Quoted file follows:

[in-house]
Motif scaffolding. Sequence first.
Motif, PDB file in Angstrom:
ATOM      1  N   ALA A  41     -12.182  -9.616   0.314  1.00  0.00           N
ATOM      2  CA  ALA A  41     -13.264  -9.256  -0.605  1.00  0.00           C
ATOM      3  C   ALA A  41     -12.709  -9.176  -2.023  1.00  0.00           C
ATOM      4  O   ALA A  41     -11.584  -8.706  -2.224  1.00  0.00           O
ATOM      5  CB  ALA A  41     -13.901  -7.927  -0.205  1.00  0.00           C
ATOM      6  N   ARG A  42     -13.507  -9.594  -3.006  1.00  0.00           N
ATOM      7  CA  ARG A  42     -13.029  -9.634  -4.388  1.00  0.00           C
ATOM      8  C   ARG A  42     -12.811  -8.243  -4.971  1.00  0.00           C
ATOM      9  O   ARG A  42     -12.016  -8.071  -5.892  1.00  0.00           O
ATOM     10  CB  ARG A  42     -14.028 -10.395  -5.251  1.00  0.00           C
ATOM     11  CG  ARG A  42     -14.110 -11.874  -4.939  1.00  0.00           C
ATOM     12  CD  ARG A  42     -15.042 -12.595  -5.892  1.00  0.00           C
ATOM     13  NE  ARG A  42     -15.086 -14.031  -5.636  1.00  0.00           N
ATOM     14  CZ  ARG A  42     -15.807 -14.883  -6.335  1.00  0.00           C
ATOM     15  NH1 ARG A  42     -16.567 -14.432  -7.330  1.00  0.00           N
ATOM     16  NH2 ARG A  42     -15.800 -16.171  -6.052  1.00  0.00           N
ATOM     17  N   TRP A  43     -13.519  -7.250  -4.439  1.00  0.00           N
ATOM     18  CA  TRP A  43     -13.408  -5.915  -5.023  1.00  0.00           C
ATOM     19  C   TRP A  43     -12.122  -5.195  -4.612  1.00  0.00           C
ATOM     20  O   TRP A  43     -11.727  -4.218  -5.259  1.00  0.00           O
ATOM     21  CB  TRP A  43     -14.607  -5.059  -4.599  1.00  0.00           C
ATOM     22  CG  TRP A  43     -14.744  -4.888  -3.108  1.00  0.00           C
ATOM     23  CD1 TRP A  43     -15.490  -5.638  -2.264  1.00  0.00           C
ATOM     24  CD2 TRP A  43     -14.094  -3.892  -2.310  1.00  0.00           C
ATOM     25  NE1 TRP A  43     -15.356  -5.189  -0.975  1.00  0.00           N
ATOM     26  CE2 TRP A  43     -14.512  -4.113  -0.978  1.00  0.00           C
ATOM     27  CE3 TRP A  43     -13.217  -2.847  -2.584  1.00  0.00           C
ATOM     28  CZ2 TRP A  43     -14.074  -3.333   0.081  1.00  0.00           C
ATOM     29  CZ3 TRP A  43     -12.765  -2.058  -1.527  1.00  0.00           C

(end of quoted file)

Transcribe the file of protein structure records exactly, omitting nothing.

[in-house]
Motif scaffolding. Sequence first.
Motif, PDB file in Angstrom:
ATOM      1  N   ALA A  41     -12.182  -9.616   0.314  1.00  0.00           N
ATOM      2  CA  ALA A  41     -13.264  -9.256  -0.605  1.00  0.00           C
ATOM      3  C   ALA A  41     -12.709  -9.176  -2.023  1.00  0.00           C
ATOM      4  O   ALA A  41     -11.584  -8.706  -2.224  1.00  0.00           O
ATOM      5  CB  ALA A  41     -13.901  -7.927  -0.205  1.00  0.00           C
ATOM      6  N   ARG A  42     -13.507  -9.594  -3.006  1.00  0.00           N
ATOM      7  CA  ARG A  42     -13.029  -9.634  -4.388  1.00  0.00           C
ATOM      8  C   ARG A  42     -12.811  -8.243  -4.971  1.00  0.00           C
ATOM      9  O   ARG A  42     -12.016  -8.071  -5.892  1.00  0.00           O
ATOM     10  CB  ARG A  42     -14.028 -10.395  -5.251  1.00  0.00           C
ATOM     11  CG  ARG A  42     -14.110 -11.874  -4.939  1.00  0.00           C
ATOM     12  CD  ARG A  42     -15.042 -12.595  -5.892  1.00  0.00           C
ATOM     13  NE  ARG A  42     -15.086 -14.031  -5.636  1.00  0.00           N
ATOM     14  CZ  ARG A  42     -15.807 -14.883  -6.335  1.00  0.00           C
ATOM     15  NH1 ARG A  42     -16.567 -14.432  -7.330  1.00  0.00           N
ATOM     16  NH2 ARG A  42     -15.800 -16.171  -6.052  1.00  0.00           N
ATOM     17  N   TRP A  43     -13.519  -7.250  -4.439  1.00  0.00           N
ATOM     18  CA  TRP A  43     -13.408  -5.915  -5.023  1.00  0.00           C
ATOM     19  C   TRP A  43     -12.122  -5.195  -4.612  1.00  0.00           C
ATOM     20  O   TRP A  43     -11.727  -4.218  -5.259  1.00  0.00           O
ATOM     21  CB  TRP A  43     -14.607  -5.059  -4.599  1.00  0.00           C
ATOM     22  CG  TRP A  43     -14.744  -4.888  -3.108  1.00  0.00           C
ATOM     23  CD1 TRP A  43     -15.490  -5.638  -2.264  1.00  0.00           C
ATOM     24  CD2 TRP A  43     -14.094  -3.892  -2.310  1.00  0.00           C
ATOM     25  NE1 TRP A  43     -15.356  -5.189  -0.975  1.00  0.00           N
ATOM     26  CE2 TRP A  43     -14.512  -4.113  -0.978  1.00  0.00           C
ATOM     27  CE3 TRP A  43     -13.217  -2.847  -2.584  1.00  0.00           C
ATOM     28  CZ2 TRP A  43     -14.074  -3.333   0.081  1.00  0.00           C
ATOM     29  CZ3 TRP A  43     -12.765  -2.058  -1.527  1.00  0.00           C